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Michelle Goldberg, one of my favourite columnists at the NY Times, wrote an optimistic piece this morning about the risk of choosing a female Democratic candidate for President in 2020. You can read it here:

Ms. Goldberg, like many of us, is worried about the role that sexism – outright misogyny, in my view – played in the 2016 victory of The Trump. Admittedly, it’s hard to separate and measure the various strands that led to Hillary’s calamitous defeat; class resentment, racism, Russian interference, the stupidity of the Electoral College system, Hillary’s supposed inherent unlikeability, and the plain old ignorance of America’s rather dull electorate all played their part, tempting one to employ what for a while was punditry’s most overused metaphor, the “perfect storm”. Yet dislike of females seeking power was clearly a large part of the mix, too, as some intriguing social science experiments, detailed in Goldberg’s column, make clear.

Despite how strange it seems to outsiders in other democracies, this being two full years prior to the next Presidential election, the American campaign machinery is already spooling up to full power, and on the Democratic side there would appear to be a surfeit of candidates, even before Beto O’Rourke enters the fray (as surely he will, methinks). One of the most cheering aspects of the slate is the prominence of three very capable and credible women (with more to come?), Elizabeth Warren, Kirsten Gillibrand, and, as of yesterday, Kamala Harris. Each displays the positive character traits and innate intelligence that are usually the hallmarks of successful female politicians, anomalies like Michelle Bachman and Sarah Palin notwithstanding, since it remains a lot harder for an unsavoury female idiot to gain office than it is for the male equivalent. Each seems to me to be objectively superior to most or all of the men who’ve already announced, or are said to be considering, their candidacy. Each also comes with less baggage than the unfortunate Hillary, who had to bear that special female burden of being smeared with her wayward husband’s infidelities, as well as her association with some of the more unpleasant aspects of Democratic policy during Bill Clinton’s Presidency, particularly the now widely reviled neo-liberal economics, and the “get tough on crime” measures that alienated the African American community, a crucial Democrat demographic.

It’s also tempting to tout all of them as being more “likeable” than Hillary, who perhaps did have the odd brittle personality trait, but this would be a mistake for a couple of reasons. First, when female politicians are judged on how “likeable” they are, what’s really being measured is how well they manage to seek power without looking like they actually want power and believe they should wield it – that is, how much they can seem to remain “feminine” while doing what men always do. Female “likeability” as a criterion is something we need to do away with, not quantify, and I’m hoping it ceases to be so much of a factor. Second, to the extent it remains a factor, just about all female politicians, Hillary included, are said to be highly likeable right up until they seek a higher office than the one they inhabit, at which point they become “pushy”, “aggressive”, “nasty”, and, always a favourite, “shrill”. My guess is that the more serious the chances for any of these women appear, the less likeable they’ll be. There’s no point in courting the segment of the electorate that puts stock in a woman’s likeability. Once she’s getting somewhere, they won’t like her at all.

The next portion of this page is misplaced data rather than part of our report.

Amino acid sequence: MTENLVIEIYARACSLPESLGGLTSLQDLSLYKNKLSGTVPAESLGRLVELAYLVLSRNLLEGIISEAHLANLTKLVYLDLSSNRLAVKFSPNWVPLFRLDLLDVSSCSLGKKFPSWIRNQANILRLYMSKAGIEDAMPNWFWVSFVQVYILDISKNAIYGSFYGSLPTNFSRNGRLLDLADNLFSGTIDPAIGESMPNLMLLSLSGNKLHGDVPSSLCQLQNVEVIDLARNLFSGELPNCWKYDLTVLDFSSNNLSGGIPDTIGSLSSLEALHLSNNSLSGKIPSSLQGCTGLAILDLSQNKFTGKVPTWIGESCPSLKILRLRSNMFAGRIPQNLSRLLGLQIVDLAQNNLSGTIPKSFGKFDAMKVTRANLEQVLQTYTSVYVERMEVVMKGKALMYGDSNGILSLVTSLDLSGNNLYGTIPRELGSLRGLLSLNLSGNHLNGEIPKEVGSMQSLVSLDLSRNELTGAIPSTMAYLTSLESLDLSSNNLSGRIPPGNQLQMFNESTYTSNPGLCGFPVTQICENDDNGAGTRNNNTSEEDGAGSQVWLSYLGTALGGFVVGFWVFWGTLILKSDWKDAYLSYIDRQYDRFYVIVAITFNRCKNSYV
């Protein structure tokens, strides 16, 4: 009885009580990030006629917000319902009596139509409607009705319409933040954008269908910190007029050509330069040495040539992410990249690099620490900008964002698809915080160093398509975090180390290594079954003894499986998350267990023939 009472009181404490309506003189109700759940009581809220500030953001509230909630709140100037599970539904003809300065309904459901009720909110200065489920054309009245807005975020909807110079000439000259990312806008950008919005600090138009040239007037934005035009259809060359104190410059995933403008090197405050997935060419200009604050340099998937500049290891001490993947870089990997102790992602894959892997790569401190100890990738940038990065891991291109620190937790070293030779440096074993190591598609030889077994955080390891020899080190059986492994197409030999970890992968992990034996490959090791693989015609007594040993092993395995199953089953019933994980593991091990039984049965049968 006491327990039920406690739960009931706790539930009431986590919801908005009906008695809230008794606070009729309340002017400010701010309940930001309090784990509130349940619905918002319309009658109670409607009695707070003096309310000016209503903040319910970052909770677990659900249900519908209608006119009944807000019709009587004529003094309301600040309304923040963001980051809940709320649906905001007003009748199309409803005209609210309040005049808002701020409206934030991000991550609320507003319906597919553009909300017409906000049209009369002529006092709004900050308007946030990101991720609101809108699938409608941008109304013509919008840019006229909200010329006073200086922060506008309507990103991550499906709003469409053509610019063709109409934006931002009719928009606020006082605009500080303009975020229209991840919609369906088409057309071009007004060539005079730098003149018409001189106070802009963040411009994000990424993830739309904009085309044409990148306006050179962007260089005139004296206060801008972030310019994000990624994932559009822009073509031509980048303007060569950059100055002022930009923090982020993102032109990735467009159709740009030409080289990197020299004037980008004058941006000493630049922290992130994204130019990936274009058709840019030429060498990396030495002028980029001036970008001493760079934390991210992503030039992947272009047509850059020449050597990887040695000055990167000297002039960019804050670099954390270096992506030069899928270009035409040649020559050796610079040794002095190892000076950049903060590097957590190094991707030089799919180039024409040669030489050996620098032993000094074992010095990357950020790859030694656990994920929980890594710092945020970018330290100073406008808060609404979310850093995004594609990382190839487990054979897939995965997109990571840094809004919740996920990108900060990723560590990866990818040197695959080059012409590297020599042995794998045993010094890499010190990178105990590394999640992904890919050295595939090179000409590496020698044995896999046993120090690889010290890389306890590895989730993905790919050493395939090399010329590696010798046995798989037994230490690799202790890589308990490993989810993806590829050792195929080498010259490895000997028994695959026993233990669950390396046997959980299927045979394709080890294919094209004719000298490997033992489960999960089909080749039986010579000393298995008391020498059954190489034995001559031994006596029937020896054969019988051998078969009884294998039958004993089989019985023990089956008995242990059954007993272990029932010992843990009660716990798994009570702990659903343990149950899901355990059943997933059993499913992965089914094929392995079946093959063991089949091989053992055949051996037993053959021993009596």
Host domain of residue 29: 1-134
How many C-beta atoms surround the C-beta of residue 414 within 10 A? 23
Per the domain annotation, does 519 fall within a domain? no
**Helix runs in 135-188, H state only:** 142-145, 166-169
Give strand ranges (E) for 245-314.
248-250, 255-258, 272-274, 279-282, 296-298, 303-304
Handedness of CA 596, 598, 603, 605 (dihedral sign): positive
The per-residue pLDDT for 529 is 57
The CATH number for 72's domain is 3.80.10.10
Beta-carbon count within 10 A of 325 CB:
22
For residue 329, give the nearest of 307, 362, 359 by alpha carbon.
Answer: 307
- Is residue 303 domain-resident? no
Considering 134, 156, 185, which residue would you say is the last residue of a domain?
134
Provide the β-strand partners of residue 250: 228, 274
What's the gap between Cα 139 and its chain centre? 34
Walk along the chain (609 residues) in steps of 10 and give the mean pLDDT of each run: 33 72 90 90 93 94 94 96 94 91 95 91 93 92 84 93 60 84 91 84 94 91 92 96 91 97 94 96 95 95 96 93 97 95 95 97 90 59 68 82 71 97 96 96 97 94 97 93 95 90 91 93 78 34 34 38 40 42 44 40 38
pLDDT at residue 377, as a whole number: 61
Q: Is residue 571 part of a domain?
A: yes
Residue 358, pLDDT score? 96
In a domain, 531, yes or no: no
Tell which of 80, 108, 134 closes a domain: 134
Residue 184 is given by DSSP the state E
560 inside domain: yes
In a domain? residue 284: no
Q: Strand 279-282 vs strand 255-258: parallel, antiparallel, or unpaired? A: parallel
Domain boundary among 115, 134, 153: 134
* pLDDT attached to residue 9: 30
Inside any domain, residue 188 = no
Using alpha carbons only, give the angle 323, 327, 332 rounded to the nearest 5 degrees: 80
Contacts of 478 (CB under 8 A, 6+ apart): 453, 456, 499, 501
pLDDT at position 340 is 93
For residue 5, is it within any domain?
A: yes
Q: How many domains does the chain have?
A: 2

This brings us to the nub of it: no matter how much, other things being equal, a given woman would seem to be far and away the best candidate, other things aren’t equal, and the overriding priority simply has to be the defeat of Donald Trump. We might want to run a woman because of the overdue justice that could be done if she won, but justice demands the expulsion of Donald above anything else. We might think that one of the female candidates has the best policy ideas, or is smartest, or has a leadership style we feel is better suited to the challenges of an increasingly diverse and fractious society, or we might even be tempted to go for it just on account of how delicious it would be if Trump, the quintessential pig of man, were ousted by a woman, yet always it comes back to the Prime Directive: Trump Must Be Expunged. All other considerations secondary. Nothing else can be allowed to matter.

Can a woman beat Trump?

Based on Hillary’s experience, one can’t help but doubt it. One of the harshest lessons of the 2016 campaign seems to be that the American electorate still dislikes the idea of a woman in charge, an attitude by no means restricted to men, according to the polling. Obama proved they were willing to vote for a black man, but dammit, they still won’t vote for a woman. If that really looks to be the case this time around, and there will undoubtedly be oodles of polling data to guide us as the primaries get under way, I suppose that ought to seal it. Being rid of The Trump is so overwhelmingly vital that we have to pick a man, if we really think only a man can do it. Right?

This makes me bitter.